Author: Blair, Eric Arthur (1903-1950) [PSUED George Orwell]
Publisher: Harcourt, Brace and Company
Place: New York
118 pages. Small octavo (7 1/2" x 5 1/4") bound in black cloth with gilt lettering to spine. First American edition.
Eric Arthur Blair (25 June 1903 � 21 January 1950), known by his pen name George Orwell, was an English novelist, essayist, journalist and critic. His work is marked by lucid prose, awareness of social injustice, opposition to totalitarianism, and commitment to democratic socialism. Commonly ranked as one of the most influential English writers of the 20th century, and as one of the most important chroniclers of English culture of his generation, Orwell wrote literary criticism, poetry, fiction, and polemical journalism. He is best known for the dystopian novel Nineteen Eighty-Four (1949) and the allegorical novella Animal Farm (1945). His book Homage to Catalonia (1938), an account of his experiences in the Spanish Civil War, is widely acclaimed, as are his numerous essays on politics, literature, language, and culture. In 2008, The Times ranked him second on a list of "The 50 greatest British writers since 1945".
Orwell's work continues to influence popular and political culture, and the term Orwellian � descriptive of totalitarian or authoritarian social practices � has entered the language together with several of his neologisms, including cold war, Big Brother, thought police, Room 101, doublethink, and thought crime.
Animal Farm is an allegorical and dystopian novel, published in England on 17 August 1945. According to Orwell, the book reflects events leading up to the Russian Revolution of 1917 and then on into the Stalin era in the Soviet Union. Orwell, a democratic socialist, was a critic of Joseph Stalin and hostile to Moscow-directed Stalinism, an attitude that was critically shaped by his experiences during the Spanish Civil War. The Soviet Union, he believed, had become a brutal dictatorship, built upon a cult of personality and enforced by a reign of terror. In a letter to Yvonne Davet, Orwell described Animal Farm as a satirical tale against Stalin "un conte satirique contre Staline", and in his essay "Why I Write" (1946), he wrote that Animal Farm was the first book in which he had tried, with full consciousness of what he was doing, "to fuse political purpose and artistic purpose into one whole". The original title was Animal Farm: A Fairy Story, though the subtitle was dropped by U.S. publishers for its 1946 publication and subsequently all but one of the translations during Orwell's lifetime omitted it. Other variations in the title include: A Satire and A Contemporary Satire. Orwell suggested the title Union des r�publiques socialistes animales for the French translation, which recalled the French name of the Soviet Union, Union des r�publiques socialistes sovi�tiques, and which abbreviates to URSA, the Latin for "bear", a symbol of Russia. Orwell wrote the book from November 1943 � February 1944, when the wartime alliance with the Soviet Union was at its height and Stalin was regarded highly by the British people and intelligentsia, a circumstance that Orwell hated. It was initially rejected by a number of British and American publishers, including one of Orwell's own, Victor Gollancz. Its publication was thus delayed, though it became a great commercial success when it did finally appear partly because the Cold War so quickly followed World War II. Time magazine chose the book as one of the 100 best English-language novels (1923 to 2005); it also featured at number 31 on the Modern Library List of Best 20th-Century Novels. It won a Retrospective Hugo Award in 1996, and is also included in the Great Books of the Western World selection.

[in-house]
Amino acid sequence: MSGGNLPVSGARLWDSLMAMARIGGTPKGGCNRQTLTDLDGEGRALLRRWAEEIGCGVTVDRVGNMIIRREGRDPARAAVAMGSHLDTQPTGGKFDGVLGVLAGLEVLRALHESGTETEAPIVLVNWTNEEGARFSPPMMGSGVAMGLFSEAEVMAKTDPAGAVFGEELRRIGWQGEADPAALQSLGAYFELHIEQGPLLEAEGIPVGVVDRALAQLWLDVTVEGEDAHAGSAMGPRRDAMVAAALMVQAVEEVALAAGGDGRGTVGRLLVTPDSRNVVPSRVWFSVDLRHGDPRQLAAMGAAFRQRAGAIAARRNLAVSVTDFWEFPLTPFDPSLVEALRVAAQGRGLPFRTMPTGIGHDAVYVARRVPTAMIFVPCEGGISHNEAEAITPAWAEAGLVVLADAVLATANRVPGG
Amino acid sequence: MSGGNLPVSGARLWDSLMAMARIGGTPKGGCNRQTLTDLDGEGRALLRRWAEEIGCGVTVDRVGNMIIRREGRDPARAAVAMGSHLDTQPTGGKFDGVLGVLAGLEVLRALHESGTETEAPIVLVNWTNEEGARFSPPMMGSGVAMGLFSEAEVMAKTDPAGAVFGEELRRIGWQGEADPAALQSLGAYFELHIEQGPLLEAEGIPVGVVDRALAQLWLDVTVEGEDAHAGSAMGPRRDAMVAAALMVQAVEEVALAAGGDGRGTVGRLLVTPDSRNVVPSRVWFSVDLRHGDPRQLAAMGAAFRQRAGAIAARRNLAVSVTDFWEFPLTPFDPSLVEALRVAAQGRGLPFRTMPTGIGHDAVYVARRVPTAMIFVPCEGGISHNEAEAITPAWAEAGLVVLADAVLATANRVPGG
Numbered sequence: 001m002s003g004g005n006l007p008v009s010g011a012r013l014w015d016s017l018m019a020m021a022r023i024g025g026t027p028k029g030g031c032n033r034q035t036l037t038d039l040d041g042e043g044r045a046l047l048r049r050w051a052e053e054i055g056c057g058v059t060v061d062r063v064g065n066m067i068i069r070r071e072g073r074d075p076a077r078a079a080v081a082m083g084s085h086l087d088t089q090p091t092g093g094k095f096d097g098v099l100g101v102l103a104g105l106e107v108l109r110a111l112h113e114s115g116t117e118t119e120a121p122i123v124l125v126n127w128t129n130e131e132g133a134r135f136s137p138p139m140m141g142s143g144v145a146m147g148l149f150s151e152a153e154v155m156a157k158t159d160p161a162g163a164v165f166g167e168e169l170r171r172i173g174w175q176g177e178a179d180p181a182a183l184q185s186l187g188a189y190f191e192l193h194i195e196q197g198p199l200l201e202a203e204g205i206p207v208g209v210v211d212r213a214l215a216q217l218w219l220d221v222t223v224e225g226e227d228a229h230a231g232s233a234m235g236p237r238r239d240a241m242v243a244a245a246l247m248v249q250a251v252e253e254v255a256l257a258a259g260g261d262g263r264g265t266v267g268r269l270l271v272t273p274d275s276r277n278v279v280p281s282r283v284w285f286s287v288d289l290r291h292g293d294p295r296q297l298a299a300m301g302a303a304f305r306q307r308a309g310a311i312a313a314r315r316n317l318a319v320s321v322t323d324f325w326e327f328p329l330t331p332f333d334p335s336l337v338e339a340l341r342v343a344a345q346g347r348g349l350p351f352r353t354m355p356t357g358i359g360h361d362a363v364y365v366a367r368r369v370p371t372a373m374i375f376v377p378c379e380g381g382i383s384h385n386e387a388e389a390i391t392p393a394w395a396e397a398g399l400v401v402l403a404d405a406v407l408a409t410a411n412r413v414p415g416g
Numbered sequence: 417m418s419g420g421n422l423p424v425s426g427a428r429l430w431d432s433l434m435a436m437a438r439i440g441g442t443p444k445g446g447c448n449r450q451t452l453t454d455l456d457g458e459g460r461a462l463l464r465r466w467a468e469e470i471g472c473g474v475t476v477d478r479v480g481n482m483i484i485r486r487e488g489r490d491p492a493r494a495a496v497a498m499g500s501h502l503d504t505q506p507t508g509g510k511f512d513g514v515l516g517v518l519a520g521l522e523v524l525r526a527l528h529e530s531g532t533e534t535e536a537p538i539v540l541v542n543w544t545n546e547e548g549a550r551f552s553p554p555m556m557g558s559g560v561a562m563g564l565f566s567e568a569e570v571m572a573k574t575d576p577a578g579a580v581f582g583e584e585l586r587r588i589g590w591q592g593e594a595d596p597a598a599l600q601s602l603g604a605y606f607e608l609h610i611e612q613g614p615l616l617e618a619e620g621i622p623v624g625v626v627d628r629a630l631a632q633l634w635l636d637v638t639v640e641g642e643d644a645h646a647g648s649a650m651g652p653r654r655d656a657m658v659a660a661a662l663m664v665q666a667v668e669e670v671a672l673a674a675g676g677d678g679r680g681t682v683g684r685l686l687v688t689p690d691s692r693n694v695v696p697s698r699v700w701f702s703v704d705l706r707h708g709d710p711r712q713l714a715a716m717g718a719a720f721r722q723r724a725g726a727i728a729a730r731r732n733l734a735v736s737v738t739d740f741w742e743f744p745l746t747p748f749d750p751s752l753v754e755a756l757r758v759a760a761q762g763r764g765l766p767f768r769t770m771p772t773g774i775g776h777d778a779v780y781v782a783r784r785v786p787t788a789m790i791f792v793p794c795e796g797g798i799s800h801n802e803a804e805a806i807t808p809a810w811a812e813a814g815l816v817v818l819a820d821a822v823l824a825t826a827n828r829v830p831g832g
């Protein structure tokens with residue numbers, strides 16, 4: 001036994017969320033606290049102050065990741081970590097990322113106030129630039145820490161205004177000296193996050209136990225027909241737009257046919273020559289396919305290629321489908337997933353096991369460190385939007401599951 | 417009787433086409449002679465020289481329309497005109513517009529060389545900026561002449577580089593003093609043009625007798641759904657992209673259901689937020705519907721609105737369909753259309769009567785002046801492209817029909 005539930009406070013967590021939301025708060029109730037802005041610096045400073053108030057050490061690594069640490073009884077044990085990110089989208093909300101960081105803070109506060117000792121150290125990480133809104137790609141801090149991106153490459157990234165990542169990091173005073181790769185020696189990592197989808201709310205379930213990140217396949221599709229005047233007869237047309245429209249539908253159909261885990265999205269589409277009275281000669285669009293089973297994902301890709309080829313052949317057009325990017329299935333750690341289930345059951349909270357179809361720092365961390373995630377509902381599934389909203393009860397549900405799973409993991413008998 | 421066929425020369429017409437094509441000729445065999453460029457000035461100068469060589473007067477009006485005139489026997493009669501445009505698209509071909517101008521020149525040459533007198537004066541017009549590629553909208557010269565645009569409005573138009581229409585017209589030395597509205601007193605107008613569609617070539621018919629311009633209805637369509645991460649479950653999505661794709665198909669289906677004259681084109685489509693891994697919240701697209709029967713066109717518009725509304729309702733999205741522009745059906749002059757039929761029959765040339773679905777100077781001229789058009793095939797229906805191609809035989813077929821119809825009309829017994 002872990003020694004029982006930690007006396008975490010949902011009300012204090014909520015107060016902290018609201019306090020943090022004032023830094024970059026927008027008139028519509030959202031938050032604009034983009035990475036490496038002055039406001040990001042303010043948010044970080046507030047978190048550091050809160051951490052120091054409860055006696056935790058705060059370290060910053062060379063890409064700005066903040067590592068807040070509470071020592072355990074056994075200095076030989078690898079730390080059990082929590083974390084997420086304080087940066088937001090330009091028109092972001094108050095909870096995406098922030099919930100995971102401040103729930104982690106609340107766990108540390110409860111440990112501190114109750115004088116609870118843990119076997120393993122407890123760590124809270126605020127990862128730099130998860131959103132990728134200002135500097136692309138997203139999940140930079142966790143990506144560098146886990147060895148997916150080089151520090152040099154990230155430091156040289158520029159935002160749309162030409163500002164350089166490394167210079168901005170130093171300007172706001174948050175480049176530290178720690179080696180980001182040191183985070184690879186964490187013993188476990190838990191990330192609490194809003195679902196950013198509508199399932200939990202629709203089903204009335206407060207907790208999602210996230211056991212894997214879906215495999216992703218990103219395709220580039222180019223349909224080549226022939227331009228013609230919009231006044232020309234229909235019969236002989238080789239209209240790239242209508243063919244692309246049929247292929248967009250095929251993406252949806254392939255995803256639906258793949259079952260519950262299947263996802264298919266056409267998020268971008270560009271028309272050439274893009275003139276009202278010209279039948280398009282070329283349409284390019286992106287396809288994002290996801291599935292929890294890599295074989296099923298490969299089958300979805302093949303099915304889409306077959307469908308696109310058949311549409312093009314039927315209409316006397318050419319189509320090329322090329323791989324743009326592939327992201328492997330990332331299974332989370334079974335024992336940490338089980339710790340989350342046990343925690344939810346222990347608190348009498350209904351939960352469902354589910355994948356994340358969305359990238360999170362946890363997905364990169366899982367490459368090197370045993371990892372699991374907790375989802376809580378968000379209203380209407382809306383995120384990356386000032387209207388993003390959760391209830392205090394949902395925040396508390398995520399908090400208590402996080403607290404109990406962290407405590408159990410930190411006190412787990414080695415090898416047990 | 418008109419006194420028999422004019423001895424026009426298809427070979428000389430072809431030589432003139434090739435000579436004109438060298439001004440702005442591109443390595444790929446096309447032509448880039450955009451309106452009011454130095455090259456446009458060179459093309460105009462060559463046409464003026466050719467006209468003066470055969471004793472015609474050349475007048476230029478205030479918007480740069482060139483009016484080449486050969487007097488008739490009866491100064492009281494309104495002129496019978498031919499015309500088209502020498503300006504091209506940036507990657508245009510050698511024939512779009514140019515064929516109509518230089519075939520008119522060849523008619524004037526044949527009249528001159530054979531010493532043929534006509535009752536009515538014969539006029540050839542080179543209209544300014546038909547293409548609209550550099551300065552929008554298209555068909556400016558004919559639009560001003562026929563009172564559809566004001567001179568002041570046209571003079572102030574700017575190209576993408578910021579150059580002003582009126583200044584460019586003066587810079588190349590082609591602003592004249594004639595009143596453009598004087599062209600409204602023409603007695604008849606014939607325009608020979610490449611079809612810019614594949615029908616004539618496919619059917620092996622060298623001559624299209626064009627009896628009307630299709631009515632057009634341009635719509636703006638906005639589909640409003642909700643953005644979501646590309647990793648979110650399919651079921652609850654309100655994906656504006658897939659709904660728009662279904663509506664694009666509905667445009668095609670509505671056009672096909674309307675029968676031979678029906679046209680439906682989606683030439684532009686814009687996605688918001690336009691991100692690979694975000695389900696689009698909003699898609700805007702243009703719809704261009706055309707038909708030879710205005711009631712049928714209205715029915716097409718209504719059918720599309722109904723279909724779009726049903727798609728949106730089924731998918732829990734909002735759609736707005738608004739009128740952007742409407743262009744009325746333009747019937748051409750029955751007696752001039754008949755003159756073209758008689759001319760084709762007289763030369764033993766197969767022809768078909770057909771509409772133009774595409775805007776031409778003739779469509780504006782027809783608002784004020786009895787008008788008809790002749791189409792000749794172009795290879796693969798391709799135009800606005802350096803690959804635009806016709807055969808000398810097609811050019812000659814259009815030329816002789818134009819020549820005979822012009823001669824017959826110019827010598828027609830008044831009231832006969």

Spine ends and points rubbed. In a price clipped jacket with light edge wear with a few small closed edge tears else a very good copy in like jacket.